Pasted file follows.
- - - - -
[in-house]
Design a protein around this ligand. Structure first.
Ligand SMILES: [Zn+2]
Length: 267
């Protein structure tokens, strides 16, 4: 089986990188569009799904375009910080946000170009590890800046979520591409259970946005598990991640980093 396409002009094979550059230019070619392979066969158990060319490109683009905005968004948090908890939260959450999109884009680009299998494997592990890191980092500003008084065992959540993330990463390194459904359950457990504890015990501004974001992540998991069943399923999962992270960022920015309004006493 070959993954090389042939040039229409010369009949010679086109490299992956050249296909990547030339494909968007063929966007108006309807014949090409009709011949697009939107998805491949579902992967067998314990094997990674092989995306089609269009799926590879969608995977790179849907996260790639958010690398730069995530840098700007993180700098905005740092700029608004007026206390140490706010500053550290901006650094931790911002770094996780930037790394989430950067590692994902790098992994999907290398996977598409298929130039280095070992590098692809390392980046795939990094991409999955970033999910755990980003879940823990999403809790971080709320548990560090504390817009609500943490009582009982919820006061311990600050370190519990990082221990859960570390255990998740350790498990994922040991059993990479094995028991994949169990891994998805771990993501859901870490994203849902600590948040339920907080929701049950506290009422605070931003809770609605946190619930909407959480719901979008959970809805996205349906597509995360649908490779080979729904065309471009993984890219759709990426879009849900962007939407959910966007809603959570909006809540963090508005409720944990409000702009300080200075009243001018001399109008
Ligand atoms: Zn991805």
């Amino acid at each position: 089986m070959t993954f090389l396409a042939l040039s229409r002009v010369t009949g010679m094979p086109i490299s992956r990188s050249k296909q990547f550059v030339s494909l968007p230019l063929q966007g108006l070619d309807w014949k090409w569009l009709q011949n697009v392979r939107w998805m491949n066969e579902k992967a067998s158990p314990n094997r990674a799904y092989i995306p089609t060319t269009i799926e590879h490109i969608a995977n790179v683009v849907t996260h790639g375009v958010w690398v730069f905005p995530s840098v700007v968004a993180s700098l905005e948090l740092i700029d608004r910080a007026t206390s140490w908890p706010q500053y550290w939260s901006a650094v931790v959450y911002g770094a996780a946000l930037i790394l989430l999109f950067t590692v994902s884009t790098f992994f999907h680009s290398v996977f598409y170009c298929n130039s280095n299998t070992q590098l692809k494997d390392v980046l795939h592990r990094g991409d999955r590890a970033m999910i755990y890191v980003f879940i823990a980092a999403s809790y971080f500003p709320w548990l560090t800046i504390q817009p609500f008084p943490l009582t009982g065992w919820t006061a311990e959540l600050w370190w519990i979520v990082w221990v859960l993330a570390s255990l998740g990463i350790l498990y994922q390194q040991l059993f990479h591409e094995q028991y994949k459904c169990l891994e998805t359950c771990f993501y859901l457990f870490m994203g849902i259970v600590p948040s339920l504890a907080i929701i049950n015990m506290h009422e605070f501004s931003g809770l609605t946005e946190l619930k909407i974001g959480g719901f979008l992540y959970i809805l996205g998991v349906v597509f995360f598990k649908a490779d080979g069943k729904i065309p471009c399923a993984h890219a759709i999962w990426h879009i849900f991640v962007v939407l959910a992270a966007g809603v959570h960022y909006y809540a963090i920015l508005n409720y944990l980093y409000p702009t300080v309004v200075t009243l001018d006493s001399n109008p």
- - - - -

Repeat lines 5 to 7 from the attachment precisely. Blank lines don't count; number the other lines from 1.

């Protein structure tokens, strides 16, 4: 089986990188569009799904375009910080946000170009590890800046979520591409259970946005598990991640980093 396409002009094979550059230019070619392979066969158990060319490109683009905005968004948090908890939260959450999109884009680009299998494997592990890191980092500003008084065992959540993330990463390194459904359950457990504890015990501004974001992540998991069943399923999962992270960022920015309004006493 070959993954090389042939040039229409010369009949010679086109490299992956050249296909990547030339494909968007063929966007108006309807014949090409009709011949697009939107998805491949579902992967067998314990094997990674092989995306089609269009799926590879969608995977790179849907996260790639958010690398730069995530840098700007993180700098905005740092700029608004007026206390140490706010500053550290901006650094931790911002770094996780930037790394989430950067590692994902790098992994999907290398996977598409298929130039280095070992590098692809390392980046795939990094991409999955970033999910755990980003879940823990999403809790971080709320548990560090504390817009609500943490009582009982919820006061311990600050370190519990990082221990859960570390255990998740350790498990994922040991059993990479094995028991994949169990891994998805771990993501859901870490994203849902600590948040339920907080929701049950506290009422605070931003809770609605946190619930909407959480719901979008959970809805996205349906597509995360649908490779080979729904065309471009993984890219759709990426879009849900962007939407959910966007809603959570909006809540963090508005409720944990409000702009300080200075009243001018001399109008
Ligand atoms: Zn991805």
């Amino acid at each position: 089986m070959t993954f090389l396409a042939l040039s229409r002009v010369t009949g010679m094979p086109i490299s992956r990188s050249k296909q990547f550059v030339s494909l968007p230019l063929q966007g108006l070619d309807w014949k090409w569009l009709q011949n697009v392979r939107w998805m491949n066969e579902k992967a067998s158990p314990n094997r990674a799904y092989i995306p089609t060319t269009i799926e590879h490109i969608a995977n790179v683009v849907t996260h790639g375009v958010w690398v730069f905005p995530s840098v700007v968004a993180s700098l905005e948090l740092i700029d608004r910080a007026t206390s140490w908890p706010q500053y550290w939260s901006a650094v931790v959450y911002g770094a996780a946000l930037i790394l989430l999109f950067t590692v994902s884009t790098f992994f999907h680009s290398v996977f598409y170009c298929n130039s280095n299998t070992q590098l692809k494997d390392v980046l795939h592990r990094g991409d999955r590890a970033m999910i755990y890191v980003f879940i823990a980092a999403s809790y971080f500003p709320w548990l560090t800046i504390q817009p609500f008084p943490l009582t009982g065992w919820t006061a311990e959540l600050w370190w519990i979520v990082w221990v859960l993330a570390s255990l998740g990463i350790l498990y994922q390194q040991l059993f990479h591409e094995q028991y994949k459904c169990l891994e998805t359950c771990f993501y859901l457990f870490m994203g849902i259970v600590p948040s339920l504890a907080i929701i049950n015990m506290h009422e605070f501004s931003g809770l609605t946005e946190l619930k909407i974001g959480g719901f979008l992540y959970i809805l996205g998991v349906v597509f995360f598990k649908a490779d080979g069943k729904i065309p471009c399923a993984h890219a759709i999962w990426h879009i849900f991640v962007v939407l959910a992270a966007g809603v959570h960022y909006y809540a963090i920015l508005n409720y944990l980093y409000p702009t300080v309004v200075t009243l001018d006493s001399n109008p």